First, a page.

The last of the Navajo “Code Talkers,” who helped the United States create a code that thwarted Japanese efforts during World War II, has passed away.
Chester Nez of Albuquerque, New Mexico, died Wednesday at the age of 93 from kidney failure, according to the Associated Press.
Nez was one of 29 Navajos who helped the country develop a secret code based on his native language, which was unwritten at that time. The men were part of an all-Native American unit of the Marines that helped transmit messages in the code during the war.
The code the unit developed was never broken by the Japanese, but the Navajos weren’t hailed as heroes until well after the war ended. The AP reported that Nez wanted to tell his family about his role as a Code Talker, but the mission wasn’t declassified until the late 1960s.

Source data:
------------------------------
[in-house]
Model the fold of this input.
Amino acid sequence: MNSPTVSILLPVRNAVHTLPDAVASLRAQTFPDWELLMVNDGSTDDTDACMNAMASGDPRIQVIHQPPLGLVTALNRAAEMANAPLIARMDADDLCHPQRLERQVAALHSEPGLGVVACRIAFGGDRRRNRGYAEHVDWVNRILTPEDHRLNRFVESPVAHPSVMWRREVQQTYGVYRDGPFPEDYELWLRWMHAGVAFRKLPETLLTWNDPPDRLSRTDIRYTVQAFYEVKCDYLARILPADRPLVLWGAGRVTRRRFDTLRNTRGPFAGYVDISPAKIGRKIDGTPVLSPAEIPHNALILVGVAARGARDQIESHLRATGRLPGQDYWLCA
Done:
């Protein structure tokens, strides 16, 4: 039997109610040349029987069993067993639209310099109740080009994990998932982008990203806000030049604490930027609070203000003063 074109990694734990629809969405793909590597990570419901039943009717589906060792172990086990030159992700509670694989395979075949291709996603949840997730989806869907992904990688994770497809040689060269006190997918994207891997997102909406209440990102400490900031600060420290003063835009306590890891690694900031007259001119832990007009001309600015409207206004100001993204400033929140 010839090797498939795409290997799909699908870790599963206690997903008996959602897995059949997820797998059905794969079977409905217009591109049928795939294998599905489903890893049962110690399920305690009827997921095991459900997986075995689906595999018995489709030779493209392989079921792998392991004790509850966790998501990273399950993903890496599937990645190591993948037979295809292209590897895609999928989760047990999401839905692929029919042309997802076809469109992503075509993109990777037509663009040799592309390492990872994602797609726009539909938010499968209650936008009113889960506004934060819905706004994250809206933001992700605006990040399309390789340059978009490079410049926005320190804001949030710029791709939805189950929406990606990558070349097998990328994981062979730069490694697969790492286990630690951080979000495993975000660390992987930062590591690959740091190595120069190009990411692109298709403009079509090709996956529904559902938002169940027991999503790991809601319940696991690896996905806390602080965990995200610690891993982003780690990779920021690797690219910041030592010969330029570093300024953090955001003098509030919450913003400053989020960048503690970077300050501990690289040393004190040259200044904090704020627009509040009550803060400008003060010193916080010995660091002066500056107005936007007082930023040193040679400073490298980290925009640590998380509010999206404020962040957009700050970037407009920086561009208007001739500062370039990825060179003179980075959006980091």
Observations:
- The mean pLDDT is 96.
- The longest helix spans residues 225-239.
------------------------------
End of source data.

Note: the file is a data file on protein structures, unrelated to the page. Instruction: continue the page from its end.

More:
He spent his life after World War II working as a painter at the Veterans Affairs hospital in Albuquerque, according to the AP. He also served for two years in the Korean War.
Years after their service, the Code Talkers’ role in helping the United States win the war was finally recognized. The men were honored with Congressional Gold Medals, the country’s highest civilian honor, in 2001, and even served as the subject of a Nicolas Cage movie a year later.
Here, Nez talks about his memoir, which details some of his experiences during the war:
Last month Fusion’s Jorge Ramos interviewed two surviving members of the Borinqueneers, another segregated unit during World War II.
The Borinqueneers, a segregated Puerto Rican U.S. Army regiment, have waited years to be recognized for their service to the United States. Congress recently passed a bill to award the men Congressional Gold Medals and President Obama is expected to sign the proposal into law shortly.
Emily DeRuy is a Washington, D.C.-based associate editor, covering education, reproductive rights, and inequality. A San Francisco native, she enjoys Giants baseball and misses Philz terribly.